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Rape Case Outrage Focuses On Maryville

Daisy Coleman poses in her bedroom next to her dresser adorned with trophies and ribbons won in beauty pageants, dance and sports.
Peggy Lowe/KCUR
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Daisy Coleman poses in her bedroom next to her dresser adorned with trophies and ribbons won in beauty pageants, dance and sports.
Daisy Coleman poses in her bedroom next to her dresser adorned with trophies and ribbons won in beauty pageants, dance and sports.
Daisy Coleman poses in her bedroom next to her dresser adorned with trophies and ribbons won in beauty pageants, dance and sports.

Online outrage is focusing on a central Missouri town and its top law enforcement officers after news of the alleged rape of two teenage girls garnered national attention.

As first reported by KCUR, a 17-year-old football player, Matthew Barnett, was charged with raping Daisy Coleman, 14, after a drunken night at the Barnett home in January 2012. Another boy, Jordan Zech, then 17, was also charged in the case, accused of videotaping Barnett and Coleman on his iPhone.

But all charges were dropped a few months later and the local prosecutor in Nodaway County, Robert Rice, refused to tell the alleged victims' families about his decision. Ultimately, all the charges against the boys were dropped, with Rice claiming there was insufficient evidence to move forward with the case.

Coleman's friend, who was 13 at the time, was also sexually assaulted, but that case was prosecuted and the boy was sentenced to time in a juvenile facility.

Barnett's attorney said he's innocent and applauded Rice for his decision.

The Colemans ultimately moved away from Maryville and said they were driven out of town because of  bullying at school and attacks on social media. Melinda Coleman lost her job as a veterinarian in Maryville and after they moved their home was burned, which Coleman suspects is the work of those who were angry at the family for pressing charges.

Since the story appeared on national news sites like Gawker, Buzzfeed and the New York Daily News, the social media tables have turned and online outrage is now aimed at Barnett, Rice, and the local sheriff, Darren White.

Several protests are also planned -- one set for next week in Maryville -- and there have also been anonymous threats that people will travel to Maryville to seek, as a popular hashtag says, #justice4Daisy.

"If Maryville won't defend these young girls, if the police are too cowardly or corrupt to do their jobs, if justice system has abandoned them, then we will have to stand for them," said this video posted by Anonymous. "Mayor Jim Fall, your hands are dirty. Maryville, expect us."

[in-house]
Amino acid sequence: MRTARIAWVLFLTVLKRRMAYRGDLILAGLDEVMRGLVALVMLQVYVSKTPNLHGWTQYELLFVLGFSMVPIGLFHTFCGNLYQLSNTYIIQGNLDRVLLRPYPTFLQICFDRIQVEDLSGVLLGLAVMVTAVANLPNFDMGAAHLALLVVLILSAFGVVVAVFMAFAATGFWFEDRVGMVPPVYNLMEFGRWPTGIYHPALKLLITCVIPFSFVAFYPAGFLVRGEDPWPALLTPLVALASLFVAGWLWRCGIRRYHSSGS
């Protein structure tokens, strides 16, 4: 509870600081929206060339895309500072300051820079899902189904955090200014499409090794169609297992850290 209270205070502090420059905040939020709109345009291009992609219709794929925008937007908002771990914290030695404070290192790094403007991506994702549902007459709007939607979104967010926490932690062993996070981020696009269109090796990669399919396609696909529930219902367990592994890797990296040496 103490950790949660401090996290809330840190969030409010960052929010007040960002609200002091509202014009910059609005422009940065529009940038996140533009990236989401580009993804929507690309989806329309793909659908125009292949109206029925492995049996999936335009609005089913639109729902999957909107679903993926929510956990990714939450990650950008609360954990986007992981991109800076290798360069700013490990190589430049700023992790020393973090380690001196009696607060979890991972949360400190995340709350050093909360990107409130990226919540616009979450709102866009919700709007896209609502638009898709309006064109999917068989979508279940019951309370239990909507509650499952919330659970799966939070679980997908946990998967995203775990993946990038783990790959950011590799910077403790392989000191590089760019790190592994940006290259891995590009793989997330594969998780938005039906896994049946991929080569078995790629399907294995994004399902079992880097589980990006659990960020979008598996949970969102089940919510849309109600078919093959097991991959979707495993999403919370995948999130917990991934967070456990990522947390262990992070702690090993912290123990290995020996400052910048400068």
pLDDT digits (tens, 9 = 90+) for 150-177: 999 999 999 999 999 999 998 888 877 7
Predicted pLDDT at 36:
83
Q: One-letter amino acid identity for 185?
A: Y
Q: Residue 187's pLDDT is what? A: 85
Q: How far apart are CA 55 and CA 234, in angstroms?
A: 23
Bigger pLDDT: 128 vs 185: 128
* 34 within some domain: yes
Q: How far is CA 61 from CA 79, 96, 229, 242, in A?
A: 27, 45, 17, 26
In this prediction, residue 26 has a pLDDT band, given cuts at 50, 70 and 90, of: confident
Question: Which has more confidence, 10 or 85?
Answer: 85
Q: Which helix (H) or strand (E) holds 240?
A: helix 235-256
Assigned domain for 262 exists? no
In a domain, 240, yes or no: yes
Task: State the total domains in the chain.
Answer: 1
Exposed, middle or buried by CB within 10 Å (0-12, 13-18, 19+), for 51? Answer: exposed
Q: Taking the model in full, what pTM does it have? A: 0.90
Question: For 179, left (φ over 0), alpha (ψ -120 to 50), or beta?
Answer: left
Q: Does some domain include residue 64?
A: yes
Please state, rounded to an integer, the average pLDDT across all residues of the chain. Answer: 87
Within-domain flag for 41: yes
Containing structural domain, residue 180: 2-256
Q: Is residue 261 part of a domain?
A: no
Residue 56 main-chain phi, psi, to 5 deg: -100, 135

A Change.org petition is urging Missouri Attorney General, ChrisKosterto investigate, but as KCUR reported this summer, Koster has said he doesn't have the authority to overstep a local prosecutor. 

So far, federal authorities have not stepped into the case. In August, Don Ledford, a spokesman for U.S. AttorneyTammy Dickinson, told KCUR that the office has not filed any charges in the case. Ledford couldn't be reached on Monday because of the government shutdown.

The University of Central Missouri, where Barnett now attends college, was bombarded on Facebook, with many posters warning women that an alleged rapist is enrolled there. Barnett's Facebook page was removed, as it was also hit with people who were angry about the story.

For more information, read this timeline of the Maryville sexual assault case.

Copyright 2021 KCUR 89.3. To see more, visit KCUR 89.3.

Maria Carter grew up in a small town in the Missouri Ozarks. She graduated from Reed College in Portland, Ore. with a degree in economics. After a year off, she returned to her home state to study journalism at the University of Missouri, receiving her Master’s degree in 2004.
Peggy Lowe joined Harvest Public Media in 2011, returning to the Midwest after 22 years as a journalist in Denver and Southern California. Most recently she was at The Orange County Register, where she was a multimedia producer and writer. In Denver she worked for The Associated Press, The Denver Post and the late, great Rocky Mountain News. She was on the Denver Post team that won the Pulitzer Prize for breaking news coverage of Columbine. Peggy was a Knight-Wallace Fellow at the University of Michigan in 2008-09. She is from O'Neill, the Irish Capital of Nebraska, and now lives in Kansas City. Based at KCUR, Peggy is the analyst for The Harvest Network and often reports for Harvest Public Media.